sarm, the new ped

Sunday, March 26, 2017

There has been an ongoing arms race in the chemistry world that pits athletes who dope and against the lab techs who test their urine samples looking for that illegal performance enhancing drug. The battle rages fiercely in the background, while the general public has become blasé about it, almost accepting the fact that many pro athletes use PEDs and when another star is suspended, the fallout is muted. The latest to do the perp walk is Joakim Noah who was suspended for 20 games, a quarter of an NBA season.

The drug in question for Noah was a selective androgen receptor modulator (SARM), LGD-4033, a substance that has been banned by the World Anti-Doping Agency since 2008. It’s an interesting drug because, while it can be easily available on the internet as a supplement (labelled not for human use), there is a good chance that perhaps this drug may actually have a significant positive use in the future. LGD-4033, tentatively named Ligandrol, was discovered by Ligand Pharmaceuticals and is now undergoing human testing by Viking therapeutics.

This class of drug, selective androgen receptor modular, are non-steroidal anti-inflammatories that are supposed to act like anabolic steroids, building up muscle and decreasing fat, but without the side effects that occur when the androgen receptors are also affected. The goal is to affect muscle and bone while leaving androgen levels (like testosterone) at normal levels. Testosterone is responsible for male sex characteristics and too much hormone may lead to high blood pressure, diabetes, acne, increased hairiness, liver disease, aggressive behavior and more. The anabolic to androgen effect ration of testosterone is 1 to 1, but some SARMs have ratios as high as 90 to 1, meaning if the correct dose can be found, the benefits would well outweigh the side effects.

The key is to get the dosing right. If the drug can be used to build muscle and prevent osteoporosis. The studies are ongoing at the present time. Phase 1 trials in 2012 in more than 70 adult males found that lean body mass could be increased and the more of the drug used, the better the outcome. Phase 2 studies began in November 2016, looking at 120 patients who were recovering from hip surgery to find out whether body mass could be maintained in people who were going to be increasingly sedentary as they recovered from surgery. This is the phase that also begins to look at side effects, safety and how the drug is metabolized (pharmacokinetics). If the drug still looks promising, then it’s off to phase 3, where thousands of patients will get the drug and their results, including side effects and complications, will be compared to a similar large group of patients who will be given placebo drugs as a control group.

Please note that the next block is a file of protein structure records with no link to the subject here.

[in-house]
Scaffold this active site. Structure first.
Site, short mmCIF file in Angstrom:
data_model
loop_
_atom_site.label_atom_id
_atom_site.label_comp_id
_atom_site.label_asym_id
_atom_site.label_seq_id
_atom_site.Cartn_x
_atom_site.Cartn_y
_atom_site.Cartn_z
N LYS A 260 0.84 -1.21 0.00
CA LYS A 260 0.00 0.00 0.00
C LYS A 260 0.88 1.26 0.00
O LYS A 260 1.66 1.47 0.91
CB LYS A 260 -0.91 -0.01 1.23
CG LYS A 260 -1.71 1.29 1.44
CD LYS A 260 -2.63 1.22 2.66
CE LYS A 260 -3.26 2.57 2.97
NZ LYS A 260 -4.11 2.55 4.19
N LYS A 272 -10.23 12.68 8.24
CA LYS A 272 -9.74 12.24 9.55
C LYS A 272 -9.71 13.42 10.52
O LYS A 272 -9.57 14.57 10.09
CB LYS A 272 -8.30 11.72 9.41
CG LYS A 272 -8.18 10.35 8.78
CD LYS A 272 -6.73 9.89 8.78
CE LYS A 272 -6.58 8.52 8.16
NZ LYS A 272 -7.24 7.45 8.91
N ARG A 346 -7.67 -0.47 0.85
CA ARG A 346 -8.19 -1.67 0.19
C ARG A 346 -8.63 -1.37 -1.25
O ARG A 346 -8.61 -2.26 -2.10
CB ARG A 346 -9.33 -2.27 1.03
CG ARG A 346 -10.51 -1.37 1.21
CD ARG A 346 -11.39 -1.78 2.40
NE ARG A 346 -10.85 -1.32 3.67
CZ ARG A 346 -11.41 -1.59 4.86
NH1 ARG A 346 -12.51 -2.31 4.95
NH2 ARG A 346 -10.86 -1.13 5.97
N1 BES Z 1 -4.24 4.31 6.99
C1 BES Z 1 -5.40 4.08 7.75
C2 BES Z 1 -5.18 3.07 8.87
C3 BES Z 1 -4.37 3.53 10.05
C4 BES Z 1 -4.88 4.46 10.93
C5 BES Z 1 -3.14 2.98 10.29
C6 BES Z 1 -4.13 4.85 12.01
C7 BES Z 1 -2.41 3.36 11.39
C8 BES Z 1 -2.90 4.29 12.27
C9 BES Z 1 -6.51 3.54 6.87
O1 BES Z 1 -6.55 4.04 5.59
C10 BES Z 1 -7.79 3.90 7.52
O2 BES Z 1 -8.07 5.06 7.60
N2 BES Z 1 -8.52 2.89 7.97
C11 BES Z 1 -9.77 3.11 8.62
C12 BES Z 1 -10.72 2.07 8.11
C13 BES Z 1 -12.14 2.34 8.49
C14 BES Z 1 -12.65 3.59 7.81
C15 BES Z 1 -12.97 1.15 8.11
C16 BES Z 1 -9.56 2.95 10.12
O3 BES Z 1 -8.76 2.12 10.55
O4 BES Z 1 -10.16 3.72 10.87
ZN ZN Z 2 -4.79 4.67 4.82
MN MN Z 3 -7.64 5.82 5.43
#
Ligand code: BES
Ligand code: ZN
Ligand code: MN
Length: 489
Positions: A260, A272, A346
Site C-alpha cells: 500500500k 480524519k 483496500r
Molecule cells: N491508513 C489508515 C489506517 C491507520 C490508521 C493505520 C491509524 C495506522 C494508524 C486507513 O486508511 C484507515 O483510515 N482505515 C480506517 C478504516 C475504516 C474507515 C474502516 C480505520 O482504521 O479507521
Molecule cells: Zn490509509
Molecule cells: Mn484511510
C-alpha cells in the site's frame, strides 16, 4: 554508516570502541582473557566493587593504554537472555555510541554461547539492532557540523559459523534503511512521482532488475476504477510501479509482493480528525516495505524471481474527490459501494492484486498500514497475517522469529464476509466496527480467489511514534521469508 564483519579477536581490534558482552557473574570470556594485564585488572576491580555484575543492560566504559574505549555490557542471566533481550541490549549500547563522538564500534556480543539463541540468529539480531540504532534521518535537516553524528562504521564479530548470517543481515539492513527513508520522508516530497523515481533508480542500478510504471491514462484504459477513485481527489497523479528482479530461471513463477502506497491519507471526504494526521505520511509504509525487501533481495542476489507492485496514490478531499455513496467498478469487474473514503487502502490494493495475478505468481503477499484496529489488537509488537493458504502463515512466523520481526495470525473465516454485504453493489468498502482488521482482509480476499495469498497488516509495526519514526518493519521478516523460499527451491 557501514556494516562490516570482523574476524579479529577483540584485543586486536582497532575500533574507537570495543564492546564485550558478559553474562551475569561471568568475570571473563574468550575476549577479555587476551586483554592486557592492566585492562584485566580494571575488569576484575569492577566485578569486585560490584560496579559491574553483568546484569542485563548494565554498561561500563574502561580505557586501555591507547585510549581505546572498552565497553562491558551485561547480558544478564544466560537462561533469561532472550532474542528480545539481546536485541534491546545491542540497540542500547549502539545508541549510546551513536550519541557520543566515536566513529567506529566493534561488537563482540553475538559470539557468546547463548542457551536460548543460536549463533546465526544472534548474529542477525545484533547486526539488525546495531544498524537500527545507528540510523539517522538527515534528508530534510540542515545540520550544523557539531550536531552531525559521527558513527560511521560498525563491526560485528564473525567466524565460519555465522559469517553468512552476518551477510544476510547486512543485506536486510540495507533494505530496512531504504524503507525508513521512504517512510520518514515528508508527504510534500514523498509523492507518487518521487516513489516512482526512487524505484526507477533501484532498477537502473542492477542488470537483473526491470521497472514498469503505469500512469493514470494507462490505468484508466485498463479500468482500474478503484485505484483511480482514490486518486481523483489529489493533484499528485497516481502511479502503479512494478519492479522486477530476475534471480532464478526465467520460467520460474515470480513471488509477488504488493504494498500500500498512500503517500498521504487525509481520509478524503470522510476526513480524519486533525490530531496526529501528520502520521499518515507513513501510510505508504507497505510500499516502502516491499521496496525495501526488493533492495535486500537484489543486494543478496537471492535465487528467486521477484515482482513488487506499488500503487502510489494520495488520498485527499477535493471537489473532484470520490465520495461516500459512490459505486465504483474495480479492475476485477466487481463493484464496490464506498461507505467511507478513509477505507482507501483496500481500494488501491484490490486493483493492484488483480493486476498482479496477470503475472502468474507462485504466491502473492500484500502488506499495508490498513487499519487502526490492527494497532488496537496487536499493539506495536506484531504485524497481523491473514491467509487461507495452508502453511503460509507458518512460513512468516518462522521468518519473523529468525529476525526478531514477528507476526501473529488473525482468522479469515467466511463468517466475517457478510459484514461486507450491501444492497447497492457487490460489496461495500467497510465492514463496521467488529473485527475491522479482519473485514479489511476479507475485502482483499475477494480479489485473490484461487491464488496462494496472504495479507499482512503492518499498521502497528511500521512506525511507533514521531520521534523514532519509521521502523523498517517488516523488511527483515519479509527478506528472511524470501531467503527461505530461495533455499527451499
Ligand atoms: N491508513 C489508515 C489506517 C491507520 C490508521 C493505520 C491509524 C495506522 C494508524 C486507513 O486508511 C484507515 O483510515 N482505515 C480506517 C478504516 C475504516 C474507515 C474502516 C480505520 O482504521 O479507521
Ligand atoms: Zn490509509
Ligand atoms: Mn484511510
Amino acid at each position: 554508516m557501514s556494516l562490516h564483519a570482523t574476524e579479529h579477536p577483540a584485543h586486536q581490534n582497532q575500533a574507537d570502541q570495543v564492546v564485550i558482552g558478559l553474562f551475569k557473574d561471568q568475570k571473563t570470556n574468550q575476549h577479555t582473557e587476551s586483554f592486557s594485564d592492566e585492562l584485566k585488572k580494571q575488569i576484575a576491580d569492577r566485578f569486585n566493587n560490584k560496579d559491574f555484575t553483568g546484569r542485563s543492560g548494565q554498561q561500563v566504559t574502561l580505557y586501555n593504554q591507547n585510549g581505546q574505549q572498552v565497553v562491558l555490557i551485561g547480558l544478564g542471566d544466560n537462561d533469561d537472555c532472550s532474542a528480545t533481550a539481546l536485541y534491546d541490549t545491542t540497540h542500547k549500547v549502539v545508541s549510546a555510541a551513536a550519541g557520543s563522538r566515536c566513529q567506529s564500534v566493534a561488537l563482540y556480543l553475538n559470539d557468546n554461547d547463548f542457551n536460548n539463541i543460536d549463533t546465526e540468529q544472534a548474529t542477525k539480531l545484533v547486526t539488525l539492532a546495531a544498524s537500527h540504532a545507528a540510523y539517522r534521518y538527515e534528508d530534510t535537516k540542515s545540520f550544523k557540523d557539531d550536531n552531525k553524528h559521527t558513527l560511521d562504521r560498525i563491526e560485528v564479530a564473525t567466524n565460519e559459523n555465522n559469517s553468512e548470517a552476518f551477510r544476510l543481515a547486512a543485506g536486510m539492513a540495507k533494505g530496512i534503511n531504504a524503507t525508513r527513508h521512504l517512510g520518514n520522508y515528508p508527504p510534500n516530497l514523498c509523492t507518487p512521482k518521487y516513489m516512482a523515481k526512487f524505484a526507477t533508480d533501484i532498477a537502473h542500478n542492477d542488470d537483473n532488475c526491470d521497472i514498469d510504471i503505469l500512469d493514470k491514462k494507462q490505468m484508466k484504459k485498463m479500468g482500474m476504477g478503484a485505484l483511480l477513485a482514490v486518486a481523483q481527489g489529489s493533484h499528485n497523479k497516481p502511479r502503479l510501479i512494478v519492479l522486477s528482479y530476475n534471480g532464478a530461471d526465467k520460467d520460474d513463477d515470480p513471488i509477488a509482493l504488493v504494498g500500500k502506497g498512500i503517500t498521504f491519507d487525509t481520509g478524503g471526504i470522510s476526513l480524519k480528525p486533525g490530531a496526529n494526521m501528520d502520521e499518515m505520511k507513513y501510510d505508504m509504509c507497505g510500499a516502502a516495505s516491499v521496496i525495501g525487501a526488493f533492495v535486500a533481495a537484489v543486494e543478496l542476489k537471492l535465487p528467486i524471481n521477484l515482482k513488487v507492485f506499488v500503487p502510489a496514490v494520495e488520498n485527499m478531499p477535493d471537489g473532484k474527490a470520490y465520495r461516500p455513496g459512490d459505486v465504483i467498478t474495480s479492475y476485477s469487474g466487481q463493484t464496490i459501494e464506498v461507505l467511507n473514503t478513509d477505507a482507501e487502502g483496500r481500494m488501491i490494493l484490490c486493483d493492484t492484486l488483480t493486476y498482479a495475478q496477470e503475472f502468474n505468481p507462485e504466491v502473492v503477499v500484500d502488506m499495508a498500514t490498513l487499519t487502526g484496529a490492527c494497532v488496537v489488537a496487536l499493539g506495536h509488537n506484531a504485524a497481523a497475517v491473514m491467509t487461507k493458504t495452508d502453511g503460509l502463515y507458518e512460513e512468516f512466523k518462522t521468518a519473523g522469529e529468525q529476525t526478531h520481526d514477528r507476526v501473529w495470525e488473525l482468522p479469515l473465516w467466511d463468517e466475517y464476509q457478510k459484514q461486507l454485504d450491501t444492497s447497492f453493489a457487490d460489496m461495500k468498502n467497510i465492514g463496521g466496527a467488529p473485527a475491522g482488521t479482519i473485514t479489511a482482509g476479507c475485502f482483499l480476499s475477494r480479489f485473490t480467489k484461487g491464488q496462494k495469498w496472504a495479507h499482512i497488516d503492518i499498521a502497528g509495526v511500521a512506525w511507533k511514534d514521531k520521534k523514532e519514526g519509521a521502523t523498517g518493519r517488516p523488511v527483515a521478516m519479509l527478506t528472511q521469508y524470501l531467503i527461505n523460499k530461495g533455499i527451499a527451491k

For Joakim Noah, he was caught by chemists who tested his urine and found a drug that is not yet available for human consumption. For Noah, choosing this PED might have let him slip under the radar of the testing lab. The risk that was his downfall is that the characteristics of the drug in the human body aren’t yet well known. How long does it take for the body to metabolize and get rid of it? Does it interact with other medicines? Is it affected by other foods or how it’s stored? Lots of questions that will need to be answered before it is approved for human use.

The bottom line is that Noah cheated. For whatever reason, whether it was to recover from an injury or to try to escape the inevitability of age on his performance, he cheated. His inability to perform legally on the basketball court affected not only him, but also every other player on the court. Charles Barkley, Basketball Hall of Famer, said:” I’m not a role model… Just because I dunk a basketball doesn’t mean I should raise your kids.” Barkley may have been right when he talked about parenting, but was absolutely wrong with respect to PEDs. High school and college players look at Joachim Noah and wonder if they can make it to the big leagues without also having to use a performance enhancing drug. How many will choose to live better by chemistry instead of by spending hours in the gym? May be Noah can think of an answer while he serves his suspension.

 

Photo attribution: Getty Images

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the why of performance enhancing drugs